Osborne House

From Historical Hastings
General information
Address245-251 The Ridge
Postal CodeTN34 2AE
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Admin. Information
Prop. Ref. No.100060039555

Originally constructed in 1868 to a design by Edward Habershon and formerly known as the 'Shaftesbury Home', this house and collection of buildings situated on the east side of the junction between Elphinstone Road and The Ridge was demolished to make way for a housing estate around 2014.

The white-faced buildings were for many years a prominent feature of the junction, being utilised variously as a convalescent home for injured Canadian servicemen during WW1, a school for mentally disabled children (The Fountain of Hope Group), an old people's home[1] and an educational establishment[2].

Following a re-fit in 1952, the buildings were re-opened as a unit of the Fountain of Hope group of hospitals with the Mayor and Mayoress (Alderman and Mrs H. W. Rymill) in attendance at a ceremony presided over by the vice-chairman of the South West Regional Hospital Board, Mr A. G. Linfield[3]. Prior to this, it was St. Vincent's School, a boarding school for girls aged 3 to 7 years old[4].

The building was listed as being for sale at auction in 1905, the previous owner Mr. H. Hardinge reportedly having obtained another property in the neighbourhood[5]. Prior to this in 1893 the house was occupied by Mr. Henry John Farmer-Atkinson[6] - a pen portrait of this gentleman in December of that year revealing that Mr. Farmer-Atkinson was a native of Yorkshire and an avid book collector, the hallway of the property being described as strewn with books of rare and interesting natures. Further detail is given that he was a Freeman of Hull, MP, actor, lively public speaker and an ebullient character. A Protestant, he was Mayor of Hull prior to becoming a freeman and before this, at the age of 19, he had formed the shipping firm of William Brown, Atkinson & Co - a position from which he resigned in 1873. Charitable by nature also he is recorded as having raised £4000 for a sailor's home in Hull in 1856, director of too many companies to list and undoubtedly one of the busiest men towards the end of the 18th century[7]. For all this, by May 1893 a petition of bankruptcy appears against the man, he apparently having deserted Osborne House[8]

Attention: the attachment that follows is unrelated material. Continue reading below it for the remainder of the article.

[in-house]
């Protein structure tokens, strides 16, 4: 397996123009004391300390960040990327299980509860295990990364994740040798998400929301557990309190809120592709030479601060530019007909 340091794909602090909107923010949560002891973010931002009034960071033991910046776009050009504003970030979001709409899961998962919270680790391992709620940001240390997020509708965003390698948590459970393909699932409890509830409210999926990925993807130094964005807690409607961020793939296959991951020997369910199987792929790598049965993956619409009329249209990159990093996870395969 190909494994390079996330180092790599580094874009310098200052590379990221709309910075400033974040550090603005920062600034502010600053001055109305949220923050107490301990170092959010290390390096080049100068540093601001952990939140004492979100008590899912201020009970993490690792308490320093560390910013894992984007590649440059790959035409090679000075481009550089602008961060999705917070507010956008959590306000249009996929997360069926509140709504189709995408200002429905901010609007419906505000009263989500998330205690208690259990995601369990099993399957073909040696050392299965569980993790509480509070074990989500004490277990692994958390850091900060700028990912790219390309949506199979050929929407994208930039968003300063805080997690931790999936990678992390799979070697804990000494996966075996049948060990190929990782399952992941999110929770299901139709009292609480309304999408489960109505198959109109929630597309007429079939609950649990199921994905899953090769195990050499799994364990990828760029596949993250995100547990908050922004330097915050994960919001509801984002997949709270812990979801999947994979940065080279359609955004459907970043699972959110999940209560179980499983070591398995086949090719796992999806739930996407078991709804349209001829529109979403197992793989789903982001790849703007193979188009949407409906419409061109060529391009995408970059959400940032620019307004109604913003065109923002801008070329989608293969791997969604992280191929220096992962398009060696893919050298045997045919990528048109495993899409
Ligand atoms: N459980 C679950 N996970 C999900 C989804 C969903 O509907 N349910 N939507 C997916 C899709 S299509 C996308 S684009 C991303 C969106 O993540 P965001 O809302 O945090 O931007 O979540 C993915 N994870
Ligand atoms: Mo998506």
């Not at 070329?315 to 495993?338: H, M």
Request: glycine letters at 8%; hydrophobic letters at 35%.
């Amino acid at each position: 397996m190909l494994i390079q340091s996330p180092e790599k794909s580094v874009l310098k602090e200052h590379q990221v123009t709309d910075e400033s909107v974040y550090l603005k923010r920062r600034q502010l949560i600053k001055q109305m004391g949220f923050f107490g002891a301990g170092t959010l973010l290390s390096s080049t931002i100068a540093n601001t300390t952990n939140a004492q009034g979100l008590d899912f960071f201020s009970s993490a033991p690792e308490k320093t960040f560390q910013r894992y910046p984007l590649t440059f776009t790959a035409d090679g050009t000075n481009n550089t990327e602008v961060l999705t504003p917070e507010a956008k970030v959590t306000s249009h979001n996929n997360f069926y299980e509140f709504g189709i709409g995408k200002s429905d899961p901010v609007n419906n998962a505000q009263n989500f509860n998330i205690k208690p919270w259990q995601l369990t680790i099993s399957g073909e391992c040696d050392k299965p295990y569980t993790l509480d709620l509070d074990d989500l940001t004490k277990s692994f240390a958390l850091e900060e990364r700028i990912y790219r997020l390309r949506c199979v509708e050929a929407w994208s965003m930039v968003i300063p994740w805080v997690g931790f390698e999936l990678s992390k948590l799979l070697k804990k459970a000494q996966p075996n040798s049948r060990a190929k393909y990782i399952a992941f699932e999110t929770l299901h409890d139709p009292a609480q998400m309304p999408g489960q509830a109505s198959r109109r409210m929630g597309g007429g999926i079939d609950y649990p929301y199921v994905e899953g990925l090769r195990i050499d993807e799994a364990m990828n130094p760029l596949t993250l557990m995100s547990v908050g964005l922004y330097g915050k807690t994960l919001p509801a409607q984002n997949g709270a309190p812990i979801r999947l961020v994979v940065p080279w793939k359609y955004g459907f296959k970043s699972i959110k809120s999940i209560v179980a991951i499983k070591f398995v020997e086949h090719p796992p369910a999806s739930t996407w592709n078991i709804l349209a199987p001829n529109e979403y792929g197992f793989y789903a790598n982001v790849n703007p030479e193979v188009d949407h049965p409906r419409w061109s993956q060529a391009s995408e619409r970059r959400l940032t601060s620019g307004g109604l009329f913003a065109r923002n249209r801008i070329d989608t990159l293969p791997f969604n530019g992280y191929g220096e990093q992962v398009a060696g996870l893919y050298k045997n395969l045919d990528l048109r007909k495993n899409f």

Going back further in time, the house was occupied by the actress Miss Craigie Halkett during the early 1870s[9], the property apparently having been constructed around 1871[10], and at that time being described thus[11]:-

Approached by a carriage drive and containing three handsome and spacious reception rooms, eight bed chambers, bath room, the usual domestic offices, stabling, conservatory, flower and kitchen gardens and a croquet lawn.

One of the few extant horse troughs still stands to the west of the site on Elphinstone Road.


References & Notes